Ballroom dance is an art form of body-to-body communication. Professional dancers may share feelings and thoughts on dance, especially with their partners. To measure the neural similarity of dancers, a novel statistical approach named intersubject correlation (ISC) could be used. In addition, intersubject representational analysis (ISRSA), which is an extension of ISC, would be helpful to examine the correlation between neural similarity and behavioral similarity.
Led by Dr. HU Li and Dr. KONG Yazhuo from the Institute of Psychology, Chinese Academy of Sciences, the research team found brain mechanism evidence that neural similarity would be promoted by long-term ballroom dance training.
In this exploratory study, 41 professional ballroom dancers and 39 age- and sex-matched controls were recruited from Beijing Sport University. During the experiment, dancers’ training information was collected. High-resolution functional magnetic resonance images (MRI), as well as structural MRI images, were also collected. Participants viewed four dancing videos and four natural videos in the same order (Figure 1). Ratings on the video (whether seen before, familiarity, and liking) were also collected after every video.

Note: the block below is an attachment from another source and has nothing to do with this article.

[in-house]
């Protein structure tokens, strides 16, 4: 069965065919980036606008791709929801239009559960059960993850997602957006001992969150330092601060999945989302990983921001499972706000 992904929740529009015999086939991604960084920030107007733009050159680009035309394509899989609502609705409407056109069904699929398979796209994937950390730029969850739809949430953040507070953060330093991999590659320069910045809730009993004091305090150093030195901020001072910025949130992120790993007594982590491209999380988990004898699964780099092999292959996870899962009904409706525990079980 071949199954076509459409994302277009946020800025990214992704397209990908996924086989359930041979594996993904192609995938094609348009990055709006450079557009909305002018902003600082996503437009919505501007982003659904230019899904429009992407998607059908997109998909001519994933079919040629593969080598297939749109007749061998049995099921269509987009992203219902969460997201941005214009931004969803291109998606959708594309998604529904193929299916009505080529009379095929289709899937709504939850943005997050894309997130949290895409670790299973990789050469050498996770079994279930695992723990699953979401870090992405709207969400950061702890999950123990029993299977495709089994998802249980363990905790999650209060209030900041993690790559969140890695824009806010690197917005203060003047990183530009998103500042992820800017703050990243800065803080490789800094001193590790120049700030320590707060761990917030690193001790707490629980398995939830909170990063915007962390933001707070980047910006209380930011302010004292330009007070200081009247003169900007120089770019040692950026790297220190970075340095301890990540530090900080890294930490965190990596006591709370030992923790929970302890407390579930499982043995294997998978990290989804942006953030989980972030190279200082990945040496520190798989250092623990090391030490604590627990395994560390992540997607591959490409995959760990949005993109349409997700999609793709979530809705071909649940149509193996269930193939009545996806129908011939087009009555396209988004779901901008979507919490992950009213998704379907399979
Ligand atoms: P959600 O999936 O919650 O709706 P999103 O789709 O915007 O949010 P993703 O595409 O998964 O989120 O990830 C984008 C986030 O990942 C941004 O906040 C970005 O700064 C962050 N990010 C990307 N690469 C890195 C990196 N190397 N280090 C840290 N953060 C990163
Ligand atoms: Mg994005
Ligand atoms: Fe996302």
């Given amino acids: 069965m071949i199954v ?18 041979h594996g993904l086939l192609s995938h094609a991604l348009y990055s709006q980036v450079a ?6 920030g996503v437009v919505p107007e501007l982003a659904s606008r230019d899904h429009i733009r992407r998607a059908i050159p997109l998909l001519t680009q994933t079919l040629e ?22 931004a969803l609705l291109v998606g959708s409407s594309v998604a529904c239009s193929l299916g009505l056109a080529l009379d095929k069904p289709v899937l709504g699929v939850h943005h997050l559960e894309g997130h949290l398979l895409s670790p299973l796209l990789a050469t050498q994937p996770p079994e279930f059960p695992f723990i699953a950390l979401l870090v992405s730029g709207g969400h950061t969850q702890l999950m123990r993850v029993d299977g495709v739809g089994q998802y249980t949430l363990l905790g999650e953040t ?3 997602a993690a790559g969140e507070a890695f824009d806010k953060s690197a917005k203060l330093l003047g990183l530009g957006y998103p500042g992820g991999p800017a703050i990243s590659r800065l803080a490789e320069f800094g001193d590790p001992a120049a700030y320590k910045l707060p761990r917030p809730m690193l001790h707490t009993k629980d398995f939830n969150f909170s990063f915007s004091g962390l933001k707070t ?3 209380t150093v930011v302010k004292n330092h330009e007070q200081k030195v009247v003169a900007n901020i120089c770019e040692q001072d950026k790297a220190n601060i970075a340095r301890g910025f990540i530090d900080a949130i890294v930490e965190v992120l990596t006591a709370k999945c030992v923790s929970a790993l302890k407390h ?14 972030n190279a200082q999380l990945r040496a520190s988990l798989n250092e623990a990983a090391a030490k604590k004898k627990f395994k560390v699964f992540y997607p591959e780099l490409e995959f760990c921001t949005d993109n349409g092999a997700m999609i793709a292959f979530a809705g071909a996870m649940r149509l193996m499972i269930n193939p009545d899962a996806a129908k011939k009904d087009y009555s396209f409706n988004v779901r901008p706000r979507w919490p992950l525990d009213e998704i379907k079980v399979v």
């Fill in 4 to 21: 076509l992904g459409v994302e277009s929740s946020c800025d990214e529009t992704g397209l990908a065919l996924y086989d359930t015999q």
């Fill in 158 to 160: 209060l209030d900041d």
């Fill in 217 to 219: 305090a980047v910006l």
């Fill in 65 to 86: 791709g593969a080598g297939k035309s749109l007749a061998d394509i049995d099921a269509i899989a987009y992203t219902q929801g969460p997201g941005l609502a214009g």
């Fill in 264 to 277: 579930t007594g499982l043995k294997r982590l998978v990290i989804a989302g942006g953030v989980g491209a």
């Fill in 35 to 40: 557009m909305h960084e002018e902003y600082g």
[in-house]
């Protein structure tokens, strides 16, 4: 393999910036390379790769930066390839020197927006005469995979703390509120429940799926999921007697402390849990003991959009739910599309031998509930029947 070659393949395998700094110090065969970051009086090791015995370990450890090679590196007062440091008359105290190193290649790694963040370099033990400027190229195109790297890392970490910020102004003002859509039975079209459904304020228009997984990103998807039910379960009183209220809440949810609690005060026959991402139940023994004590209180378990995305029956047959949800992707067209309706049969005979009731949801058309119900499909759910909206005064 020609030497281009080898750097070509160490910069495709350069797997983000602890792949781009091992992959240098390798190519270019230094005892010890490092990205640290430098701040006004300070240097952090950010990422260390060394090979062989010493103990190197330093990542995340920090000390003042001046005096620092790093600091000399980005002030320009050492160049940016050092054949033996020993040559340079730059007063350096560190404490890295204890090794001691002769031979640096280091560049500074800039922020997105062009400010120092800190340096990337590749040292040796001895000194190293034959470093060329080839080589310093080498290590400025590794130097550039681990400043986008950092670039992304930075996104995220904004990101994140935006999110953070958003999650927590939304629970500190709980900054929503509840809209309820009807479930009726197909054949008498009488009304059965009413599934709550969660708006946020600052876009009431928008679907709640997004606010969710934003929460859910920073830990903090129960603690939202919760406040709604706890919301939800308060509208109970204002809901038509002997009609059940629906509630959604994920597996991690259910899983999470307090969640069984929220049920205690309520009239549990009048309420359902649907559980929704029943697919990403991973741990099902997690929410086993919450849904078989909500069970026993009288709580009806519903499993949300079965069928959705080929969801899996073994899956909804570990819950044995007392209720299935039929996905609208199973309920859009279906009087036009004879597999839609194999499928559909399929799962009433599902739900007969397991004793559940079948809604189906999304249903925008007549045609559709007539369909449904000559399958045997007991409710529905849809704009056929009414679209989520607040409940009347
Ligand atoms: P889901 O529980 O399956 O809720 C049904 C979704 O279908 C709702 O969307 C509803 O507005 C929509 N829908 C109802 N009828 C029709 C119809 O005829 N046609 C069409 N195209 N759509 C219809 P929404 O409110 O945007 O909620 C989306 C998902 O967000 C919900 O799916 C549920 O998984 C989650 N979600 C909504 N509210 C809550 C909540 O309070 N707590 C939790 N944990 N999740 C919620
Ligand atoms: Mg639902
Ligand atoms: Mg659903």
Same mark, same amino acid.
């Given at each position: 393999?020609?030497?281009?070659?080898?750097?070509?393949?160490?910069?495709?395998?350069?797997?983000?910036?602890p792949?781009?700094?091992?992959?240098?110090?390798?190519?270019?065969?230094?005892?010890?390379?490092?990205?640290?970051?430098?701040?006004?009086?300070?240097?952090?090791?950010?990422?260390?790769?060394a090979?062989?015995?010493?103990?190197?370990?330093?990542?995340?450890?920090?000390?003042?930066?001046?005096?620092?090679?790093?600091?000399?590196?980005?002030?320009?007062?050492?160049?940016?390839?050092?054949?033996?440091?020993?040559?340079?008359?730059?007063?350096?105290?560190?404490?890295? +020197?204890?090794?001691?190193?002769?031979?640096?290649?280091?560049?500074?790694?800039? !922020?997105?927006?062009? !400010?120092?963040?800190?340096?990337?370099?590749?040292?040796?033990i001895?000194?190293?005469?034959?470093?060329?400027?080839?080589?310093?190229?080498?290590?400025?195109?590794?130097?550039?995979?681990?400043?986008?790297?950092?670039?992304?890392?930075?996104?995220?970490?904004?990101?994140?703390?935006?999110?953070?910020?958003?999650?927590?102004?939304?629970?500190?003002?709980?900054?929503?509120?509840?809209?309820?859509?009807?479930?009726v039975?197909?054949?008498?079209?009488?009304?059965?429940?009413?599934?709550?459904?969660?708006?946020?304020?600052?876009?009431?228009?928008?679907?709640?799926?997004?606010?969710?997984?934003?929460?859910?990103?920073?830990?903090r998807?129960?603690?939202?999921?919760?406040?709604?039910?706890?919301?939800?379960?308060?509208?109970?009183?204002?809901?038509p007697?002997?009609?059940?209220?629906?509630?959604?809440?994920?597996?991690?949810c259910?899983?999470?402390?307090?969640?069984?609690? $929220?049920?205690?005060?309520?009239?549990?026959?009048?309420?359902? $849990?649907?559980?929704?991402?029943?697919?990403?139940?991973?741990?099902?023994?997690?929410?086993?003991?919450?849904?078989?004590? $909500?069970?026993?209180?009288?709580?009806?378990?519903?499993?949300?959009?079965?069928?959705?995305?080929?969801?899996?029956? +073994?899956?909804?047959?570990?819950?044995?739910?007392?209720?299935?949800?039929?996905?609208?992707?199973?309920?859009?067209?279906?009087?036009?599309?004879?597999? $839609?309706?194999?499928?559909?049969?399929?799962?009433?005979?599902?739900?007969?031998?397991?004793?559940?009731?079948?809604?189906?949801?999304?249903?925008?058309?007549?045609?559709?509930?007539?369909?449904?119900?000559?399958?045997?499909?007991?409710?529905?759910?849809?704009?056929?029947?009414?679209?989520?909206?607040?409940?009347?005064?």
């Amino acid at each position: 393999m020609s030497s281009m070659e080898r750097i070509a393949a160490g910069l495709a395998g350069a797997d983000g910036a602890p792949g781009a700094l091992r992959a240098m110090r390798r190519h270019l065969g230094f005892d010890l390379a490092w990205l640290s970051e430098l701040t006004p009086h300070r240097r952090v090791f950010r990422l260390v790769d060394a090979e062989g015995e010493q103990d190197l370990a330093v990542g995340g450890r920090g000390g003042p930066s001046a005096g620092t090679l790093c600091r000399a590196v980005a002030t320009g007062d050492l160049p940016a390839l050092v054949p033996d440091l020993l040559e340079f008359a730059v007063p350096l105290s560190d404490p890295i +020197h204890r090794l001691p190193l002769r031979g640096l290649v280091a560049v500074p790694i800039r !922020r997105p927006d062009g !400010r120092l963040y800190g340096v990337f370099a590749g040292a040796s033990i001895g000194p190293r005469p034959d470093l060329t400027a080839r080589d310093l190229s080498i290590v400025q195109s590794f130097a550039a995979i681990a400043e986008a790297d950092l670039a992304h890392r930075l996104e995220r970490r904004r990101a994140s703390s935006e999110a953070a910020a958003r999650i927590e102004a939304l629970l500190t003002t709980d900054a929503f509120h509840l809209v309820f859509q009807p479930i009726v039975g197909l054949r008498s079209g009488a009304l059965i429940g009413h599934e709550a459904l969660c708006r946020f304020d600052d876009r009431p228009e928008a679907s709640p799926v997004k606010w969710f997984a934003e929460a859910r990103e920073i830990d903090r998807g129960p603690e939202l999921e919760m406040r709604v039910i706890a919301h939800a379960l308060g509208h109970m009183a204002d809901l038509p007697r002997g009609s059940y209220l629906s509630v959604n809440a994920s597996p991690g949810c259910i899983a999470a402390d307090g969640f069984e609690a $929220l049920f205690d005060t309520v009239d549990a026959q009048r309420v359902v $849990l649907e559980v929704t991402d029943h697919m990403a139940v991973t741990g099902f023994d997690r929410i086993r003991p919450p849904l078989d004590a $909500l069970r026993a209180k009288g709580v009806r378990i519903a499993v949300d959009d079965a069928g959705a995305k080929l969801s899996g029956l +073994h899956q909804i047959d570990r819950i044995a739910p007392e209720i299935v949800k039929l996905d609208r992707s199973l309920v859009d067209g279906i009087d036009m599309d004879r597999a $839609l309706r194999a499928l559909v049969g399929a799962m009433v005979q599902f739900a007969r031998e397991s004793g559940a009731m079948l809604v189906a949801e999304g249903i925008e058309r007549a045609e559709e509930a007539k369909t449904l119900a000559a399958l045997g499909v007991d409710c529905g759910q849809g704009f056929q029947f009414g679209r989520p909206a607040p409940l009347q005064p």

Results showed ISC was higher for dancers watching dancing videos than controls and natural videos. Enhanced neural synchrony was mainly observed in the inferior frontal gyrus, precentral and postcentral gyrus, and inferior parietal lobule (Figure 2). Correlations between ISC values and dancer information were found, e.g., cooperation years between partners positively correlated with their ISC in the left globus pallidus. Furthermore, ISRSA showed a significant correlation between impression on the video and ISC, e.g., familiarity similarity positively correlated with ISC in the hippocampus and parahippocampus (Figure 3).
This study discovered the close relationship between long-term ballroom dance and neural similarity and explored its underlying brain mechanisms. The neural similarity may provide a neural indicator to define an optimal cooperative partner in the future.
This work entitled “The association between ballroom dance training and empathic concern: behavioral and brain evidence” was published in the Neuroimage on Aug 1 2023, and funded by Beijing Natural Science Foundation and the National Natural Science Foundation of China.
Figure 1. Experimental design and examples of BOLD timecourse signals. Image by Dr. HU Li.
Figure 2. Brain regions showed higher ISC for dancers watching dancing videos than other conditions . Image by Dr. HU Li.
Figure 3. Brain regions correlated with impressions on dancing videos. Image by Dr. HU Li.
Institute of Psychology Chinese Academy of Sciences
Beijing 100101, China.